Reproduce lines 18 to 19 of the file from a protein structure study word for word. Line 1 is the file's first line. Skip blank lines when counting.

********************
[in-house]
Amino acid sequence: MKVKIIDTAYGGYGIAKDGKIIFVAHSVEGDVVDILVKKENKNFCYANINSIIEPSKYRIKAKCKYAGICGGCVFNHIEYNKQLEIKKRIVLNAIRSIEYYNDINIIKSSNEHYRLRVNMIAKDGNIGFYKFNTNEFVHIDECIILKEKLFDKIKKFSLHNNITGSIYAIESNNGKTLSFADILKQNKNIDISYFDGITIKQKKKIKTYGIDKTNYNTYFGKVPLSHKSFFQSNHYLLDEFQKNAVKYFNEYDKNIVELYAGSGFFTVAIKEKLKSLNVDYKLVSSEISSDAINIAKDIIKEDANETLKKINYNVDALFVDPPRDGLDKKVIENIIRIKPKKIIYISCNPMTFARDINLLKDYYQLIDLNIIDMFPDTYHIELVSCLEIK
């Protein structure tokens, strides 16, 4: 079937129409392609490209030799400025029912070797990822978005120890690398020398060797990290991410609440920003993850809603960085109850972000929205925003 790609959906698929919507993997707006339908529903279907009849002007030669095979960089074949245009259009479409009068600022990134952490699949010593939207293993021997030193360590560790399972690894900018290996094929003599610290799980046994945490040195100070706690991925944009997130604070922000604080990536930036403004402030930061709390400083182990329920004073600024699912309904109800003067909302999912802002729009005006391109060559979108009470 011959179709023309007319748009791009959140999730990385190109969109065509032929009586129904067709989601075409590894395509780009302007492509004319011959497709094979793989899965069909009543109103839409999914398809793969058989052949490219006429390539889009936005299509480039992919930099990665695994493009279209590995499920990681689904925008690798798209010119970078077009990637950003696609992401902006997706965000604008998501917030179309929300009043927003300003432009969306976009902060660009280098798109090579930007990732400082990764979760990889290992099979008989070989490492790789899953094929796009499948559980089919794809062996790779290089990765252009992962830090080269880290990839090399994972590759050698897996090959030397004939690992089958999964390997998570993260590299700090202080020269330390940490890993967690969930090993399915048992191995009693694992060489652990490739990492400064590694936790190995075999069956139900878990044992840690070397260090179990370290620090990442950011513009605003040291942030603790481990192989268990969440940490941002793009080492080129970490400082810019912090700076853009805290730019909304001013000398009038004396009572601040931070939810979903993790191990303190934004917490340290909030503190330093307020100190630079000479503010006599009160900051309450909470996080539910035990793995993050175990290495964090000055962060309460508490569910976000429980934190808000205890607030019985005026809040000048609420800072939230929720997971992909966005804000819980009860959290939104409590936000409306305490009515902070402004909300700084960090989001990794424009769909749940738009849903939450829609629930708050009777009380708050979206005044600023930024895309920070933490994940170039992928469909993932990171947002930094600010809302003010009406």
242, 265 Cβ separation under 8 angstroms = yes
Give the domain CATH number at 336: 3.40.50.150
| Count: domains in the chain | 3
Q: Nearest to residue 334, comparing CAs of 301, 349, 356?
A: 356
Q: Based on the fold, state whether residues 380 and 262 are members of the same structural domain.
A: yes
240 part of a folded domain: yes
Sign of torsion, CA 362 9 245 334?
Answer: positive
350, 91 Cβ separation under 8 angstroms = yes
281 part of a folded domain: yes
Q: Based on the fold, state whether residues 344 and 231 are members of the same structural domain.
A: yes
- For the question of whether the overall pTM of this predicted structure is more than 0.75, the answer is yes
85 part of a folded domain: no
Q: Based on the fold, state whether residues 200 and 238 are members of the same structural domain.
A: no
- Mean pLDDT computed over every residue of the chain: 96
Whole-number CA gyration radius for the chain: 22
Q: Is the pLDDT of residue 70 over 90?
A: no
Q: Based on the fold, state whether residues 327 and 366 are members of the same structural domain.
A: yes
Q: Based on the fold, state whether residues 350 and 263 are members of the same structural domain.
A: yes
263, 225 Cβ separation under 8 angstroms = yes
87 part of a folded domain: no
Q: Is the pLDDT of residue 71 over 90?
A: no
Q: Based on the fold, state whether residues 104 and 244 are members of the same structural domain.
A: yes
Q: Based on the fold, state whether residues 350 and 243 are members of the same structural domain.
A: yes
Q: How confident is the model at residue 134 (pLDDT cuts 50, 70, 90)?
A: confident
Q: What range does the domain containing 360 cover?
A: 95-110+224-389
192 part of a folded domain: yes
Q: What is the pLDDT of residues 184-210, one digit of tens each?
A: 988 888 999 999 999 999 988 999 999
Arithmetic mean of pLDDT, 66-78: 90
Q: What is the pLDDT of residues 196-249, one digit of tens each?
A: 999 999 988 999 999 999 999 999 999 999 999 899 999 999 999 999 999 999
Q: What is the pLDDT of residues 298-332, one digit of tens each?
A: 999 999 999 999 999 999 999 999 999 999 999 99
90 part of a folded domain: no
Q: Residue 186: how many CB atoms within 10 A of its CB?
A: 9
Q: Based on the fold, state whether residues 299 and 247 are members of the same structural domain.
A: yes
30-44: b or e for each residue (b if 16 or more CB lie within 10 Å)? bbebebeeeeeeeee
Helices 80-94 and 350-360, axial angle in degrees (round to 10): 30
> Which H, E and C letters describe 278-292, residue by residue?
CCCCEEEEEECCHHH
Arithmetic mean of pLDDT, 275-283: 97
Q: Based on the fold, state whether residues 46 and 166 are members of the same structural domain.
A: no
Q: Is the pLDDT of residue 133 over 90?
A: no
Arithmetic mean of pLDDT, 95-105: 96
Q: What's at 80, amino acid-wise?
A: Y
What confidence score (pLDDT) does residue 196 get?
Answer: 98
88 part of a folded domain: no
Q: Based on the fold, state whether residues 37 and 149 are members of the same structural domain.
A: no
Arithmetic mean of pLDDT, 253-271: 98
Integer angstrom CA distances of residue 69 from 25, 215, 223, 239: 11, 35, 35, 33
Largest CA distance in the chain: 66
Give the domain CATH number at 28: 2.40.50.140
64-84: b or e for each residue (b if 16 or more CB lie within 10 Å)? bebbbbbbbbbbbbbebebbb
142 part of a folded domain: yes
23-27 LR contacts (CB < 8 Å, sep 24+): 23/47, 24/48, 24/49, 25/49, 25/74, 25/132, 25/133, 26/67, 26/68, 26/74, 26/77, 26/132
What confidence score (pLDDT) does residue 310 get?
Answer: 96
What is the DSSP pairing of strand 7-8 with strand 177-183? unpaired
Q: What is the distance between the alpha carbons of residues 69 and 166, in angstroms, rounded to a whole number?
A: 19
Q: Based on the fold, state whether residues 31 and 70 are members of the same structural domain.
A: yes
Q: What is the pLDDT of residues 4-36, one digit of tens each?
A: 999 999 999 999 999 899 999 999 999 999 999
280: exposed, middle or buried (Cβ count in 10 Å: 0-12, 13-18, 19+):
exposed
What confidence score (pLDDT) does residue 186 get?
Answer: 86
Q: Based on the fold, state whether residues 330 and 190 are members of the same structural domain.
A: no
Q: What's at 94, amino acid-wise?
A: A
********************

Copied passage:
- For the question of whether the overall pTM of this predicted structure is more than 0.75, the answer is yes
85 part of a folded domain: no